Racketeering

Nature

Racketeering is a type of organized crime in which the perpetrators set up a coercive, fraudulent, extortionary, or otherwise illegal coordinated scheme or operation (a "racket") to repeatedly or consistently collect a profit.

Originally and often still specifically, racketeering may refer to an organized criminal act in which the perpetrators offer a service that will not be put into effect, offer a service to solve a nonexistent problem, or offer a service that solves a problem that would not exist without the racket. However, racketeers may offer an ostensibly effectual service to solve an existing problem. The traditional and historically most common example of such a racket is the "protection racket", in which racketeers offer to protect a business from robbery or vandalism; however, the racketeers will themselves coerce or threaten the business into accepting this service, often with the threat (implicit or otherwise) that failure to acquire the offered services will lead to the racketeers themselves contributing to the existing problem. In many cases, the potential problem may be caused by the same party that offers to solve it, but that fact may be concealed, with the intent to engender continual patronage. The protection racket is thus often a method of extortion, at least in practice.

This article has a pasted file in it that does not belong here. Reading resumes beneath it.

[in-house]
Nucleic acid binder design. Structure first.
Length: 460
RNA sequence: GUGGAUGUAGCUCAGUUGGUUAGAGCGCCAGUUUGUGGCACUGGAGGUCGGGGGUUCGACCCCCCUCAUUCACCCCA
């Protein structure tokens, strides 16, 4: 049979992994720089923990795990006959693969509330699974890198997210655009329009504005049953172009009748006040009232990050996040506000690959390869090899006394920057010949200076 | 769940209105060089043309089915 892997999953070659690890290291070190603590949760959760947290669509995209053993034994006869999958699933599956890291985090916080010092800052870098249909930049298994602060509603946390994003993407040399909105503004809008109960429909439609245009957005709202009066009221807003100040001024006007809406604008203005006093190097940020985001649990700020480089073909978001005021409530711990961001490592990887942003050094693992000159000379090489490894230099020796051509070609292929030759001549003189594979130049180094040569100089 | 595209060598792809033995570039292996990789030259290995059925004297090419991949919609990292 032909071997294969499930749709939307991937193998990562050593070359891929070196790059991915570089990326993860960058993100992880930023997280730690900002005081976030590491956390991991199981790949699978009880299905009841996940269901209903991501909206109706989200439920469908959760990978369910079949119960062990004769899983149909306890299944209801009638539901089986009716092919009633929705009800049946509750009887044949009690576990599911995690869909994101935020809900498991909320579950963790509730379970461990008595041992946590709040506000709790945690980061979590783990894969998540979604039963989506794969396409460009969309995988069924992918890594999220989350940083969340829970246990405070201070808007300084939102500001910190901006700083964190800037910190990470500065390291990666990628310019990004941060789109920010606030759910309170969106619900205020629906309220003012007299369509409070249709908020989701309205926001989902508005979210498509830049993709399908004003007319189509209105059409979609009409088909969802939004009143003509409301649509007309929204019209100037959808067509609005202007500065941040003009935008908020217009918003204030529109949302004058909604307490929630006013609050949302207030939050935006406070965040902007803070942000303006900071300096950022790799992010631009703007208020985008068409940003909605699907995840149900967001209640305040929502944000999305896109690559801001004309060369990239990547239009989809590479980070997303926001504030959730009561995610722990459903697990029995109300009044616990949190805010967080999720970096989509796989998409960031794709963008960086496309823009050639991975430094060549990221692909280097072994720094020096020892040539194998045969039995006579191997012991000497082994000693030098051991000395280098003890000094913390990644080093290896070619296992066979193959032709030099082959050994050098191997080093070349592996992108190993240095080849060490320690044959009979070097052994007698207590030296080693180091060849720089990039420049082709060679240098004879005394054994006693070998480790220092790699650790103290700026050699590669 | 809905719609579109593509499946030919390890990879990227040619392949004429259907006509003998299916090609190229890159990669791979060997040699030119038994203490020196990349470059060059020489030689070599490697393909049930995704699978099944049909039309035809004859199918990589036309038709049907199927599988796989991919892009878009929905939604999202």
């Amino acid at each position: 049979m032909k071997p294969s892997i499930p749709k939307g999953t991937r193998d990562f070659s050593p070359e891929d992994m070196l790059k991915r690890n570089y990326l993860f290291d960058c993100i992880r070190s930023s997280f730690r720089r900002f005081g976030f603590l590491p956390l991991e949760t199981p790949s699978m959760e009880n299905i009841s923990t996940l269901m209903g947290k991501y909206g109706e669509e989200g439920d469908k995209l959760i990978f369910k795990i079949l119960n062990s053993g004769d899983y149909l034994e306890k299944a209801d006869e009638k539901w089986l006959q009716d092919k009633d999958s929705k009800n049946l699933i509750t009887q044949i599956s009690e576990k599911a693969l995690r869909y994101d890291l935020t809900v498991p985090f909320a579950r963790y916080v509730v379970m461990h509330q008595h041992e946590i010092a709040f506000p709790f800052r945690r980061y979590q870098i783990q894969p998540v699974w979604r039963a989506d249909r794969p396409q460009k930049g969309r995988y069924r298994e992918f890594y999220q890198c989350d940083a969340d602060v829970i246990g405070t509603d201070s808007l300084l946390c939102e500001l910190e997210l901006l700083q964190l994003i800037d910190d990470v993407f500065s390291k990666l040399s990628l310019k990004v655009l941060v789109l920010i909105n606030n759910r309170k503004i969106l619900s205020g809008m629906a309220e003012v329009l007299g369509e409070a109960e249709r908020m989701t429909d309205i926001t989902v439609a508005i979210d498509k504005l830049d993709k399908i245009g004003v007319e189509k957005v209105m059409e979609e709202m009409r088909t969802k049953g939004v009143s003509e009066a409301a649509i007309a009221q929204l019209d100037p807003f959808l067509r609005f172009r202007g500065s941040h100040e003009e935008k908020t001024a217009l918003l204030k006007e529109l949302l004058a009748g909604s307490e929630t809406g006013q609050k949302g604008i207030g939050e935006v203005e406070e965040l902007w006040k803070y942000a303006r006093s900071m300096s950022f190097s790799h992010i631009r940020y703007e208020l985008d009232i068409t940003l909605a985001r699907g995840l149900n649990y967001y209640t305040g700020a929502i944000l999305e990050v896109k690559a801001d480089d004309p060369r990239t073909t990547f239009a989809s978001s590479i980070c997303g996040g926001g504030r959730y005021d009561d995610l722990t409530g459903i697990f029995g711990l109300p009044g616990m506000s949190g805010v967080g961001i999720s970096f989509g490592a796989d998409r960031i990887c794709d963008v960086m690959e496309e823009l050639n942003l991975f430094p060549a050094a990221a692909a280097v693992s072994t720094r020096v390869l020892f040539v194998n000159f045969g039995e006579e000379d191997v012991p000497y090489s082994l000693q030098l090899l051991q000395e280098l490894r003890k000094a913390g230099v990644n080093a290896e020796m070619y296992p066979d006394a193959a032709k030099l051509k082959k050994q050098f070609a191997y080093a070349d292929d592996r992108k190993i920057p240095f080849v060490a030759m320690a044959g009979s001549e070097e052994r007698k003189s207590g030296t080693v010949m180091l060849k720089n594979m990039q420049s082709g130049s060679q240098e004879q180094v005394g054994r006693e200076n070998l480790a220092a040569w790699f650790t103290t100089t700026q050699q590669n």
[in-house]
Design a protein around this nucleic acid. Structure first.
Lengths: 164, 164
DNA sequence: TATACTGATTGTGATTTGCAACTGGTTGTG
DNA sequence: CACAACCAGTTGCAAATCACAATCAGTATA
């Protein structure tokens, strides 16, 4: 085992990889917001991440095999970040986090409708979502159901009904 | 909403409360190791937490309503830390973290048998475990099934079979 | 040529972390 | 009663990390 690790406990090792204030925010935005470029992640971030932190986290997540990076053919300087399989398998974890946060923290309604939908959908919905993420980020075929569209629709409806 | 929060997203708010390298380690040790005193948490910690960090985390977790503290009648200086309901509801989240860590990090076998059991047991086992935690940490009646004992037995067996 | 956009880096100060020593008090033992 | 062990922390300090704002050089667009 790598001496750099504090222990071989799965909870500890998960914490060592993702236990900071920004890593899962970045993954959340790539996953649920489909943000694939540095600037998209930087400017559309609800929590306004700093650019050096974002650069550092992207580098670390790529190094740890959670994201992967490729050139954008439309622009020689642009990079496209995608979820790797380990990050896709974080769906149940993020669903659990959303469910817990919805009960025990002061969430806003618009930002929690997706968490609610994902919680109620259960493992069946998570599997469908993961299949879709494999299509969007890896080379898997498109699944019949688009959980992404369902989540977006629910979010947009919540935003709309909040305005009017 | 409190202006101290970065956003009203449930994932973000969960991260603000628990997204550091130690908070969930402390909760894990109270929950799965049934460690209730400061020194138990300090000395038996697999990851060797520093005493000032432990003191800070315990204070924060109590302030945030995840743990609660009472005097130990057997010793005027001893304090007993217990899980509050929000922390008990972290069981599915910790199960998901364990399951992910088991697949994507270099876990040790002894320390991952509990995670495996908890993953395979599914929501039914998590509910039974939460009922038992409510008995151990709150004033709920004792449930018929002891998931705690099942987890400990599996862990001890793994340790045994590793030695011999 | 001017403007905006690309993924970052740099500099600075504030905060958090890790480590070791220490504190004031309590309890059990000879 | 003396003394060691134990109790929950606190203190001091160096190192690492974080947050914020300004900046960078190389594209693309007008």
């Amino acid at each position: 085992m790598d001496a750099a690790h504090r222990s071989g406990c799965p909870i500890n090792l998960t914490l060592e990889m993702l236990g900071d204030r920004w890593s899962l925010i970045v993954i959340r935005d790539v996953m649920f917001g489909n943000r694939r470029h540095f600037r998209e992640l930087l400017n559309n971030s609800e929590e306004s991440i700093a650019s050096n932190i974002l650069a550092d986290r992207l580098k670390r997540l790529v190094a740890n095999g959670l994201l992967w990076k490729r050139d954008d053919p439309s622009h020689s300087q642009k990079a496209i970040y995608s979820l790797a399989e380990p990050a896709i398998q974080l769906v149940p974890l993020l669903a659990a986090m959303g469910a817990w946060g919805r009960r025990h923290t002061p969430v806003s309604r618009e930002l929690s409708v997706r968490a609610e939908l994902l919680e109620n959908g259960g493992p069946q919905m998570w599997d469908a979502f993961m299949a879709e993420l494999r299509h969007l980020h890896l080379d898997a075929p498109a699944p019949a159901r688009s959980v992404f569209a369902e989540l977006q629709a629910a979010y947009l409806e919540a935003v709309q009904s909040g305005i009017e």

However, the term "racket" has expanded in definition over time and may now be used less strictly to refer to any continuous or repeated illegal organized crime operation, including those that do not necessarily involve fraudulent or coercive practices or extortion. For example, "racket" may refer to the "numbers racket" or the "drug racket", neither of which generally or necessarily involve extortion, coercion, fraud, or deception with regard to the intended clientele. Because of the clandestine nature of the black market, most proceeds made from criminal rackets often go untaxed.

The term "racketeering" was coined by the Employers' Association of Chicago in June 1927 in a statement about the influence of organized crime in the Teamsters Union. Specifically, a racket was defined by this coinage as being a service that calls forth its own demand, and would not have been needed otherwise.

Source: Wikipedia

Incidence 
According to a 1990 National Police Agency survey, 41.2% of 2,106 Japanese firms polled had been contacted by racketeers, and 32% said they had yielded to their demands by buying phony magazine subscriptions and paying other fees. Sums in nearly half the cases were less than 100,000 yen, approximately $775.

In 1990, local Indian extremists killed the chairman of an Assam tea production company. They then called a meeting of tea executives and demanded protection money. They were refused, and since then there has been repeated violence and a steady stream of kidnappings.

Broader 
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Value(s) 
Type 
(E) Emanations of other problems